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Industry Viewpoint: The world of the millennial shopper

As a millennial working in the produce industry, I’m in tune with both the wants and needs of young shoppers and the challenges produce companies and retailers face in finding unique and meaningful ways to reach my generation.meile

By 2019, millennials will be the nation’s largest population segment according to projections from the United States Census Bureau. This makes their shopping habits extremely important to produce companies and retailers as this generation moves through different life stages — from post-college to starting a family.

This age group — ranging from 22 to 37 — is culturally diverse, highly educated, tech-savvy and focused on convenience and healthy eating. Having been introduced to digital media at a young age, the millennial shopper typically heads to the grocery store with a shopping plan based on deals and coupons from mobile apps, mobile shopping lists and online recipes. They are less dependent on circulars than previous generations and more likely to download mobile apps like Cartwheel.

Millennials are becoming more comfortable with shopping through online-only retailers due to busy schedules and a desire for convenience. With the growing popularity of online grocery shopping and meal kit delivery services, retailers and produce brands must tap into how and where millennials shop. They also need to figure out what motivates millennial purchasing habits as they age and their grocery spend increases due to growing households.

Lack of Brand Loyalty
Millennials are less brand loyal than Gen X shoppers and baby boomers. I see this reflected in my own shopping habits as I tend to pick up new products that catch my eye — over a familiar item — due to trendy packaging and a competitive price.

Although millennials are generally price savvy and will compare different brands to find the best deal, they’re willing to spend more on produce and are currently the driving force of organic produce sales. They pay attention to labels and are conscious of ingredients, seasonality and where the item was sourced. Millennials place importance in food standards and production methods and are motivated by educational signage, recipe ideas and preparation tips. As stated in the 2017 U.S. Grocery Shopper Trends Report, FMI found that young shoppers value corporate social responsibility and transparency and are likely to use food information and monitoring apps to scan QR codes and food labels.

Considering that young shoppers have helped drive the growth of farmers markets and specialty organic stores, brands and retailers should focus on expanding their selection of locally sourced produce, creating attractive displays and training their employees on seasonality and produce preparation tips.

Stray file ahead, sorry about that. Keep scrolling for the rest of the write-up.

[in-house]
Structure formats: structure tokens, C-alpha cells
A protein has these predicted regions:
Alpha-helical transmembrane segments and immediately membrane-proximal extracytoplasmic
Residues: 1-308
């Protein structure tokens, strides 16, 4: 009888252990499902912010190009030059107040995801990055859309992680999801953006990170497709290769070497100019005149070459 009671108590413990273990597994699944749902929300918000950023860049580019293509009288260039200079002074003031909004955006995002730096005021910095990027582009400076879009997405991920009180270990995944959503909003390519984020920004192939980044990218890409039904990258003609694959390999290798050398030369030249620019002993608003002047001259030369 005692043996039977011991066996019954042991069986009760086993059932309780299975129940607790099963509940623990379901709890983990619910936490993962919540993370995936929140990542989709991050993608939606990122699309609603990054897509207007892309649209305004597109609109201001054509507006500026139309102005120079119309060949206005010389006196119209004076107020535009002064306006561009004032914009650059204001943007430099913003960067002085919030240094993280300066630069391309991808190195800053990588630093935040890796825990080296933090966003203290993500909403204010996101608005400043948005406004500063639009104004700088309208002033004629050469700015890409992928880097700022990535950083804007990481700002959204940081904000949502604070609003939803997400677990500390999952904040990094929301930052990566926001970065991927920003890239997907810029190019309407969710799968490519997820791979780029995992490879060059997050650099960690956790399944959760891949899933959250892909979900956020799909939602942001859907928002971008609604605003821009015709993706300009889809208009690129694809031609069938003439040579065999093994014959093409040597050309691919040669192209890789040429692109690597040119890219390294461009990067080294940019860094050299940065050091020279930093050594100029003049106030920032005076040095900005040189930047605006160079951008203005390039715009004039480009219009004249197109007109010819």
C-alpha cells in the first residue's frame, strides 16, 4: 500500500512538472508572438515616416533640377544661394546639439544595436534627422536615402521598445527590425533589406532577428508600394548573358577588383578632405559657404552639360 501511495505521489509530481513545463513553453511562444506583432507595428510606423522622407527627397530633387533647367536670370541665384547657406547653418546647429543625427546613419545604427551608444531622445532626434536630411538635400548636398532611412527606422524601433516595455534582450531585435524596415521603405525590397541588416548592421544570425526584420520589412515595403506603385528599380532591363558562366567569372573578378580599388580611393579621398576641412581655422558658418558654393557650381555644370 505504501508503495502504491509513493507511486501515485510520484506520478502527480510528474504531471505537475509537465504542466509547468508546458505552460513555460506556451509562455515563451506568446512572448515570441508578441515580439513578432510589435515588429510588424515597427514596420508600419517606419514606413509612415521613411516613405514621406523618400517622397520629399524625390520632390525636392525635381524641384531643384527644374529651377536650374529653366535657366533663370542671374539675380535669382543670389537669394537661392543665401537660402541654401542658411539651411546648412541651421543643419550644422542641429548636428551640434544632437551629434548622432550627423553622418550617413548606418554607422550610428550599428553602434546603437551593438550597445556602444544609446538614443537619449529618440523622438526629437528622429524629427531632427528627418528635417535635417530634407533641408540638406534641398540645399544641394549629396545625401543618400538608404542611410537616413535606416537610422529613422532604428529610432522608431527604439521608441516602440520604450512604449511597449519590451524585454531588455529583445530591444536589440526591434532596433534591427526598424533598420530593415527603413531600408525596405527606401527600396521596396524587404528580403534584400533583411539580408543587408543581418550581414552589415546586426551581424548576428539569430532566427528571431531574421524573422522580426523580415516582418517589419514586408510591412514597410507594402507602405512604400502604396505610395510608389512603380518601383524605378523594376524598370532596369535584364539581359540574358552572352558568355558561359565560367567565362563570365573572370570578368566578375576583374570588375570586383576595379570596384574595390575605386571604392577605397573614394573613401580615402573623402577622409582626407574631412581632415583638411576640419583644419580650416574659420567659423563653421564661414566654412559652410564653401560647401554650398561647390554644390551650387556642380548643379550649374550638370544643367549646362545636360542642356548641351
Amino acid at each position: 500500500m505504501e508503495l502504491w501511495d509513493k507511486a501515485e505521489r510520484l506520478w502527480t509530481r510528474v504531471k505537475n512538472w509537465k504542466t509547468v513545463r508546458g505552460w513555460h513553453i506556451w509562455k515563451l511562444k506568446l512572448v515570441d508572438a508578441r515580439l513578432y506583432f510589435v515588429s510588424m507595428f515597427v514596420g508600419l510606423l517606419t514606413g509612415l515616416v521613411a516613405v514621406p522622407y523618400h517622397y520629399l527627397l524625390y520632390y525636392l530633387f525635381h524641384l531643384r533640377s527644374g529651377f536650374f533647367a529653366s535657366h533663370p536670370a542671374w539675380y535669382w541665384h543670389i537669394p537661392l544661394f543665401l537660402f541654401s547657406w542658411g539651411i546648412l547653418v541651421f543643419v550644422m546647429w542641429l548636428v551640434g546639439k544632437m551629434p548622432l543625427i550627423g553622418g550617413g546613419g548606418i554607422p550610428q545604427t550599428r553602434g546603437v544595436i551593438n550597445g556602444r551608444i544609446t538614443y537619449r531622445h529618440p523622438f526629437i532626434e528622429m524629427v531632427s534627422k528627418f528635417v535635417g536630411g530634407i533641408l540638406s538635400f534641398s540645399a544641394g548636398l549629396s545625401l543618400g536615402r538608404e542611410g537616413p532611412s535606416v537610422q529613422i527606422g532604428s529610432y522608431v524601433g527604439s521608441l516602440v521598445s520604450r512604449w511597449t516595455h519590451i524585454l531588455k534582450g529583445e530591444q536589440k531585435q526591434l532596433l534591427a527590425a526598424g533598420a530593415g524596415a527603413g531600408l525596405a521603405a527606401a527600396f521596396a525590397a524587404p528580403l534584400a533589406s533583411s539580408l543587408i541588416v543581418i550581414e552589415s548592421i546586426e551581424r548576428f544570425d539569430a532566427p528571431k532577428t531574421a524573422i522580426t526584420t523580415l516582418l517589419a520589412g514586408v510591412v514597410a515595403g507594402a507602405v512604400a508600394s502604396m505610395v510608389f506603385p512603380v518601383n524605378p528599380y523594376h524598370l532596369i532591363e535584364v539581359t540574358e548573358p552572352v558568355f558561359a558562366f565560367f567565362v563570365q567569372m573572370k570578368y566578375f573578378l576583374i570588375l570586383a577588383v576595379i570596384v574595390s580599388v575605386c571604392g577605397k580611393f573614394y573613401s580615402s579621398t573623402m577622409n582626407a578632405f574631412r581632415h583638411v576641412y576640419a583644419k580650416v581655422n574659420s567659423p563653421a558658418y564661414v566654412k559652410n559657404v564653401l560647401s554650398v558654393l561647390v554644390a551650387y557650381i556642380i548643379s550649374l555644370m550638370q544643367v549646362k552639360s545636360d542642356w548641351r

Whether they’re in the midst of college finals or juggling a full-time job and newborn baby, millennials are busy and looking for ways to maximize their time, hence the popularity of apps like Instant Cart and curbside pick-up services. They reportedly spend less time in the grocery store than baby boomers and Gen X shoppers, but make more frequent trips. A study conducted by the U.S. Department of Agriculture found that higher income millennials spend more on fruits and vegetables while devoting the largest budget shares of any generation on ready-to-eat food. Offering in-store meal kits and value-added items like pre-spiralized and chopped veggies, fajita kits and salad kits can appeal to their busy lifestyle and desire for convenience.

Social Media Savvy
As digital natives, millennials are influenced by the content they see daily on their social media feeds like Instagram, Facebook and Pinterest. As a self-proclaimed healthy foodie, I look to my social platforms and favorite blogs for recipe ideas and inspiration, not to mention I can’t miss a single Tasty video. Searching through recipe videos, healthy grocery hauls, and content from my favorite influencers helps me create my weekly shopping list, directly impacting my purchasing habits.

Although they favor convenience, millennials enjoy cooking and the key to success lies in tapping into their desire for healthy meals that are simple to recreate at home. Brands looking to connect with younger shoppers should consider ramping up their recipe index with easy to execute dishes that follow current food trends like Buddha bowls, spiralizer recipes, and meatless options.

Brands can also seek opportunities with digital influencers who reach thousands of shoppers through their social platforms and have a built-in trust with their audience. Opportunities range from mentioning a product in a video to recipe development, and product education.

As more millennials expand their households and enter their peak spending years, marketing departments in the produce industry should examine these purchasing habits and adapt to the changing landscape of shoppers. Delivering quality, convenience and transparency are essential in building brand loyalty with these young and digital savvy shoppers.

(Grace Vilches is the marketing coordinator for Produce for Kids)